New research suggests that aluminum composites could be enhanced to the quality of titanium alloys and used in the aerospace industry.
A team from the National University of Science and Technology MISiS may have found a way to double the strength of composites obtained by 3D printing from aluminum powder.
Titanium is about six times stronger than aluminum, which is why it is commonly used in manufacturing heavy-duty metal-based materials. Researchers have long sought a way to replace titanium with aluminum because it is about 1.7 times less dense.
Aluminum is considered an alternative because it is lightweight with a density of 2700 kg/m3 and moldable with an elasticity modulus of about 70 MPa, making it suitable for 3D printing.
To strengthen aluminum researchers have developed a new composite that maintains it is lightweight while significantly improving its strength. The did this by developing new modifying-precursors for 3D printing based on nitrides and aluminum oxides that were obtained through combustion
“We have developed a technology to strengthen the aluminum-matrix composites obtained by 3D printing, and we have obtained innovative precursor-modifiers by burning aluminum powders,” Alexander Gromov, head of the research group, said in a statement. “Combustion products – nitrides and aluminum oxides – are specifically prepared for sintering branched surfaces with transition nanolayers formed between the particles.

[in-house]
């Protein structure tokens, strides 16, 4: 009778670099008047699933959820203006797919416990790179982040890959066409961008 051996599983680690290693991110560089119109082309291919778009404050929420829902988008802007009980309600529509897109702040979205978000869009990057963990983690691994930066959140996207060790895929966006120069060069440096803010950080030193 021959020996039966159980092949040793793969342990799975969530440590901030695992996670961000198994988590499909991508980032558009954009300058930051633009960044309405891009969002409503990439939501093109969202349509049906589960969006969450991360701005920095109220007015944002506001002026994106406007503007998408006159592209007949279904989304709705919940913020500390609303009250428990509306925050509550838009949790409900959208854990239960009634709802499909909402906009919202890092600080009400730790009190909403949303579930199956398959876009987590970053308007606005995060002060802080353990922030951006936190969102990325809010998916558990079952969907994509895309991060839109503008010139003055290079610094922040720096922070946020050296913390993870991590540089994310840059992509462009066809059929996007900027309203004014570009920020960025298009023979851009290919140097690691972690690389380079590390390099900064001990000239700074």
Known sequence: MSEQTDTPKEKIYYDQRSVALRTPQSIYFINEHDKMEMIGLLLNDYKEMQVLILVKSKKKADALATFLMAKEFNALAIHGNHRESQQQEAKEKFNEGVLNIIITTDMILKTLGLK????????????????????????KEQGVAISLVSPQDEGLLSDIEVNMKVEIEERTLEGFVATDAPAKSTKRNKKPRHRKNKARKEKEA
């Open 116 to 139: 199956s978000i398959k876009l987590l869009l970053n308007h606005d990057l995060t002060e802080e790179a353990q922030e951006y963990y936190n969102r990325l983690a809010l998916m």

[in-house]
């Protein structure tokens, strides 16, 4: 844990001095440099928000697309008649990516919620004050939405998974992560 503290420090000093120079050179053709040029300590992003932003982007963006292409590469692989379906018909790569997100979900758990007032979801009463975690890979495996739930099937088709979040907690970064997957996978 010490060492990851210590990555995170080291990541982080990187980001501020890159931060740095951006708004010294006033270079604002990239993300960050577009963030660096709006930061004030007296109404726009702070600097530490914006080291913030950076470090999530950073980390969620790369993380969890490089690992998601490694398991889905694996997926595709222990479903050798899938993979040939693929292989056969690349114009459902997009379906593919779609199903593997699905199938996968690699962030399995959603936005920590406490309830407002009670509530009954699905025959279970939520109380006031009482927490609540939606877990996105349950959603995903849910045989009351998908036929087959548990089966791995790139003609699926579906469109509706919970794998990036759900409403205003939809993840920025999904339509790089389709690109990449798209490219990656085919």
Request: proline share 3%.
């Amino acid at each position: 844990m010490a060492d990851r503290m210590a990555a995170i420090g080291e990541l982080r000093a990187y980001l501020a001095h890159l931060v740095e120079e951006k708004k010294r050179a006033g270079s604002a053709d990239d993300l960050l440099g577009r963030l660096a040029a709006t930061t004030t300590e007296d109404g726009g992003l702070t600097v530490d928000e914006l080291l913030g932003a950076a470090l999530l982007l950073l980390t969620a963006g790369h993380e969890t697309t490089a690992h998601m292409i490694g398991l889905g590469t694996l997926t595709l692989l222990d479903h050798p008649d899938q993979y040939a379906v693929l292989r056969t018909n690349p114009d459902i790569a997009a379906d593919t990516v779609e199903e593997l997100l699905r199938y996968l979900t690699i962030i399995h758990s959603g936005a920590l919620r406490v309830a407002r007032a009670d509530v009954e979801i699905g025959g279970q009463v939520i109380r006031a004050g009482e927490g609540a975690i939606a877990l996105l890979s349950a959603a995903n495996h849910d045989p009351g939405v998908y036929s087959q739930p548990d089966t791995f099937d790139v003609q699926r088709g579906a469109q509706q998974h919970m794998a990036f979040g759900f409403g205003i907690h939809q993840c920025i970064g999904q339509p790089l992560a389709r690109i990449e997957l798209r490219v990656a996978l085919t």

“It is the special properties and structure of the surface that allows the particles to be firmly attached to the aluminum matrix and, as a result, [doubles] the strength of the obtained composites,” he added.
For the last two decades, molding was considered the only cost-effective way to manufacture bulk products. However, researchers believe that 3D printing technology could be even more effective at producing metals. Additive technologies could allow 3D printers to create more difficult forms and designs at a cheaper cost with a theoretical edge.
The main technologies currently used for printing metal are Selective Laser Melting (SLM) and Selective Laser Sintering, which both involve the gradual layering of metal powder inks, layer by layer, to build a given volume figure. Both techniques are additive manufacturing technologies based on the layer-by-layer sintering of powder materials using a laser beam that is up to 500 Watts.
The researchers are currently testing prototypes.
The study was published in Sustainable Materials and Technologies.